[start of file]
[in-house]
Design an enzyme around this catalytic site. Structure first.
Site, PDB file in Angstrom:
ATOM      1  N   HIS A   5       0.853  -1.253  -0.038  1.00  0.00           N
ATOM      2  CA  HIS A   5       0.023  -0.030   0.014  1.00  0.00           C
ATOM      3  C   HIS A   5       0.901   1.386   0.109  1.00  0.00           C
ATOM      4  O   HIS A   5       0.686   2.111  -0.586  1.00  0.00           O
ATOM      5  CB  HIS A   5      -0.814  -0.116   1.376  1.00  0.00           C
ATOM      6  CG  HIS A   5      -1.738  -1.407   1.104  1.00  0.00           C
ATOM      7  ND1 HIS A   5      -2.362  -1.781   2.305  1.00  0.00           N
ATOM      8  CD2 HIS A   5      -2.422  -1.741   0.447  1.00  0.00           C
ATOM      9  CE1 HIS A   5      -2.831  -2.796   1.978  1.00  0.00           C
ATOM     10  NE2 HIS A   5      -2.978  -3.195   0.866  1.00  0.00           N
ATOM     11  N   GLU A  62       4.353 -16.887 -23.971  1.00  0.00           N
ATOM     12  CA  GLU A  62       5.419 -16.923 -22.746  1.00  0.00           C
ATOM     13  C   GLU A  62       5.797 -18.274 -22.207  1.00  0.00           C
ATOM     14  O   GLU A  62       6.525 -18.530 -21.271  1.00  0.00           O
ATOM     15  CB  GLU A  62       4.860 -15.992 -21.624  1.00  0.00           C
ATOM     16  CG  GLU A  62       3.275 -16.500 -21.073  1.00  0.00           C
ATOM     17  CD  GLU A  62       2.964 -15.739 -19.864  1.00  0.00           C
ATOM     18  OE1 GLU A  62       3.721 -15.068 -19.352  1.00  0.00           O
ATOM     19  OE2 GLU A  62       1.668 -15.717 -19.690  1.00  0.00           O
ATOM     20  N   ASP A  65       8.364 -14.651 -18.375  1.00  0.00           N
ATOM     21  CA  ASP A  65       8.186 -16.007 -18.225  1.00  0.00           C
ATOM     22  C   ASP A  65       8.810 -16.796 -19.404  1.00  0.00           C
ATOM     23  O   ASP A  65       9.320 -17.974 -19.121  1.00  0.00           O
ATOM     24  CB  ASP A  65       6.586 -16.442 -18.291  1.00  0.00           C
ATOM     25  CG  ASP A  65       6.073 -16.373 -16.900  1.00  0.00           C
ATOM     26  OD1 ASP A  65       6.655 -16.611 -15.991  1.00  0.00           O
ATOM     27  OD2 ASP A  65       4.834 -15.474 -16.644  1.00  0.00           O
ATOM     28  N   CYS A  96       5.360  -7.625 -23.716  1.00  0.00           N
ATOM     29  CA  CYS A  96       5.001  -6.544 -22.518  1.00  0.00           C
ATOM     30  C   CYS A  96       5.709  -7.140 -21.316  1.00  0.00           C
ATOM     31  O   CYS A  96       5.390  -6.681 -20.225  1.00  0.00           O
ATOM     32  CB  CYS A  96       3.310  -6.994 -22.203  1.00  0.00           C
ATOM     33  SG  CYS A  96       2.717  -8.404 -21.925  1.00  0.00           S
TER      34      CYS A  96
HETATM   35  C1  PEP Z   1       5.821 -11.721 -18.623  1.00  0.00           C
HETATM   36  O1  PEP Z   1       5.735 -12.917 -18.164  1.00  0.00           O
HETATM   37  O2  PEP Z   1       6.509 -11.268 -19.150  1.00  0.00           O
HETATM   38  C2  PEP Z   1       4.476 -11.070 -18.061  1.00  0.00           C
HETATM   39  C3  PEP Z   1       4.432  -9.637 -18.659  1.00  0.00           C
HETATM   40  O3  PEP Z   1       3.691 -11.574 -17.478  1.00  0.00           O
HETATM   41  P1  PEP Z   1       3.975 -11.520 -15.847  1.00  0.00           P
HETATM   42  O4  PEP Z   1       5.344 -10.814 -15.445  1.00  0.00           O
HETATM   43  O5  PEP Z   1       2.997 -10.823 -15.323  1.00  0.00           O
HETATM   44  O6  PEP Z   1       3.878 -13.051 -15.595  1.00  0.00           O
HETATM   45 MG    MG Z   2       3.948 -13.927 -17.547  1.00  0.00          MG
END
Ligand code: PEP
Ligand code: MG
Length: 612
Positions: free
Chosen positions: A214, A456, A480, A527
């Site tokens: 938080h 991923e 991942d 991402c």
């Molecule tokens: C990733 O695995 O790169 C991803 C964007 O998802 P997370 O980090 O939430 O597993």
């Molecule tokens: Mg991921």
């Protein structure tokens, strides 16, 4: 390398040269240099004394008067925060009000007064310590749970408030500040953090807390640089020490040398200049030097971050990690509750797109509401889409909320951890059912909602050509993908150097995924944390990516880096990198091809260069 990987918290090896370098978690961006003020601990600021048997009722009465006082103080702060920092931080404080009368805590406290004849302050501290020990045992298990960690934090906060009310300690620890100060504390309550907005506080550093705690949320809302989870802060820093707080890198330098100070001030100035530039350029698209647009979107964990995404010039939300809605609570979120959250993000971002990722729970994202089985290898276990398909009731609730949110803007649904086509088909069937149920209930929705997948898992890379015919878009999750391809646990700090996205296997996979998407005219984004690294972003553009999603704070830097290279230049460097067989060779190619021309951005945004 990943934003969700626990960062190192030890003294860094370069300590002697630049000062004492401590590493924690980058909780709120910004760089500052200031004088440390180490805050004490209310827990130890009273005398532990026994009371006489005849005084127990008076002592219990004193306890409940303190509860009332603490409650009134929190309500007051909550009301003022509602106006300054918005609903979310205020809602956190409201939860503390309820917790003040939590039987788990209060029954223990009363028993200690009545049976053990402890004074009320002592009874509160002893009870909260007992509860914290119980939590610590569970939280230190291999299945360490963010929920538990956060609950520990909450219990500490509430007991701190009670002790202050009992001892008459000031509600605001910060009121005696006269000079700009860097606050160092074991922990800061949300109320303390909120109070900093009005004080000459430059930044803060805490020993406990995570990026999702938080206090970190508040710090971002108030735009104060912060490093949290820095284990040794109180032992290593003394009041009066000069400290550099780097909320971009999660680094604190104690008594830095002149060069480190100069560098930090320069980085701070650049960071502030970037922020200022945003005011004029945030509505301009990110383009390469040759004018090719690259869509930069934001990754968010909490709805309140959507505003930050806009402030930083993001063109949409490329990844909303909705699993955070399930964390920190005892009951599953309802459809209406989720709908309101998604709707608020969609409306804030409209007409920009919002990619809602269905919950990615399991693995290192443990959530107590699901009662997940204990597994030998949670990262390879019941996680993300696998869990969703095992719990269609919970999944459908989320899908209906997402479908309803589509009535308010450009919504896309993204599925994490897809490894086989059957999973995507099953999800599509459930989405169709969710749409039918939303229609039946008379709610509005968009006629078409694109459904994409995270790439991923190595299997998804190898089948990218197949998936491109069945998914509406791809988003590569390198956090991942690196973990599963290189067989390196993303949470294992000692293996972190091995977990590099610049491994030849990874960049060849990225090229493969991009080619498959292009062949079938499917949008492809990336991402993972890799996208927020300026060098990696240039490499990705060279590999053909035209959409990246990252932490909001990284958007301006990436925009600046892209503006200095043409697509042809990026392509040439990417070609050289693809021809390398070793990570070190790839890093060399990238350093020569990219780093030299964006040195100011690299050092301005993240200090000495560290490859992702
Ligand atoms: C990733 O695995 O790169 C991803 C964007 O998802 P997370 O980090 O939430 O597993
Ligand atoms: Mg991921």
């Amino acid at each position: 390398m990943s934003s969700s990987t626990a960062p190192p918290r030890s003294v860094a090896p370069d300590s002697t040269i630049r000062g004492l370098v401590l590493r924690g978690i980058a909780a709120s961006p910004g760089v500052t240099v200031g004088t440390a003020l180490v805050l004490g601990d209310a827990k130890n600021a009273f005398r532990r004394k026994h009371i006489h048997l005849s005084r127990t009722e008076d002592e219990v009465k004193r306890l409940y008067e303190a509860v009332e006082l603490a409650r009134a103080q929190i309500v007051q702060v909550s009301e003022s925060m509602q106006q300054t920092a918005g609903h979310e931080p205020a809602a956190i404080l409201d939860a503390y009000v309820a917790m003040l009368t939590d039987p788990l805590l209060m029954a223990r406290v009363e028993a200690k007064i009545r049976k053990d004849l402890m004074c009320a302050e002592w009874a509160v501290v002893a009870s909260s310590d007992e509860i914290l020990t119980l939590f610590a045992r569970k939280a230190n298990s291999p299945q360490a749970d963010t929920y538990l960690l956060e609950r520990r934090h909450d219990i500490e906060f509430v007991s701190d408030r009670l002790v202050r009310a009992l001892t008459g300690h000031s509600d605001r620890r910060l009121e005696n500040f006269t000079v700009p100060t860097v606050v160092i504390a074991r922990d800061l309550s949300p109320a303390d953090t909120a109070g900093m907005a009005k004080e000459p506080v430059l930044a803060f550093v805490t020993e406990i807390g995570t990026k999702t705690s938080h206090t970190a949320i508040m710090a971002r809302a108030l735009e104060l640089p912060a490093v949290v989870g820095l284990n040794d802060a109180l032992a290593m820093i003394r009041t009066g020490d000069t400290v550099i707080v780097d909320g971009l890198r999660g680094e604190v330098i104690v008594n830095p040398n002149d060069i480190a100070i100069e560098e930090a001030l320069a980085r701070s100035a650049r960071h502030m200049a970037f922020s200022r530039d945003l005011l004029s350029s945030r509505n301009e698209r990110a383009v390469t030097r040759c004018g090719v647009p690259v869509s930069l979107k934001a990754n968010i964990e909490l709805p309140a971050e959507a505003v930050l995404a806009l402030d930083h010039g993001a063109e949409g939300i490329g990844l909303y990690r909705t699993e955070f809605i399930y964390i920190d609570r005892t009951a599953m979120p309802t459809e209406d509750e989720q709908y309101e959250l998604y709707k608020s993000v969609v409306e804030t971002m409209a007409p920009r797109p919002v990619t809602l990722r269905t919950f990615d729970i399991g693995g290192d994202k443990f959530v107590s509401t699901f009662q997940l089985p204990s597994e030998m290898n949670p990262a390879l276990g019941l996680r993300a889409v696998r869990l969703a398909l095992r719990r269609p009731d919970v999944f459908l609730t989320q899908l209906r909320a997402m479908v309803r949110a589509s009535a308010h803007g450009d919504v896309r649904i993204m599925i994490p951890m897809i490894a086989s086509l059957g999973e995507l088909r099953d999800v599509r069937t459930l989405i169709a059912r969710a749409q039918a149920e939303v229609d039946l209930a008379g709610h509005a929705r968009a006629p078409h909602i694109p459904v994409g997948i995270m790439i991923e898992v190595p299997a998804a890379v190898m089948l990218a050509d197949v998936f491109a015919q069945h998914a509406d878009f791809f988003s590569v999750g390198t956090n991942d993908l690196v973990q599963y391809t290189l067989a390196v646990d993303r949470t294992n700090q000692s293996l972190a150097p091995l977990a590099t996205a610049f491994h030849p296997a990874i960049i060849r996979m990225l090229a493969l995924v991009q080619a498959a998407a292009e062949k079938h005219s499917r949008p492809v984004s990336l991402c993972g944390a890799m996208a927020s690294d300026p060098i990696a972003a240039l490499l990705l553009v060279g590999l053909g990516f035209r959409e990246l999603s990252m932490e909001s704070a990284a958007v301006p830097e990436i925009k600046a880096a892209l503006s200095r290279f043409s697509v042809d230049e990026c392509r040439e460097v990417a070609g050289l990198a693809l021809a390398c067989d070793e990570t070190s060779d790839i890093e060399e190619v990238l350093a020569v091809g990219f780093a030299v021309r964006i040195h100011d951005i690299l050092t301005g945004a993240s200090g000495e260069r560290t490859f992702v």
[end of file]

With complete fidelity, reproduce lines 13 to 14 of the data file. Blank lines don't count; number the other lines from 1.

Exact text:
ATOM     10  NE2 HIS A   5      -2.978  -3.195   0.866  1.00  0.00           N
ATOM     11  N   GLU A  62       4.353 -16.887 -23.971  1.00  0.00           N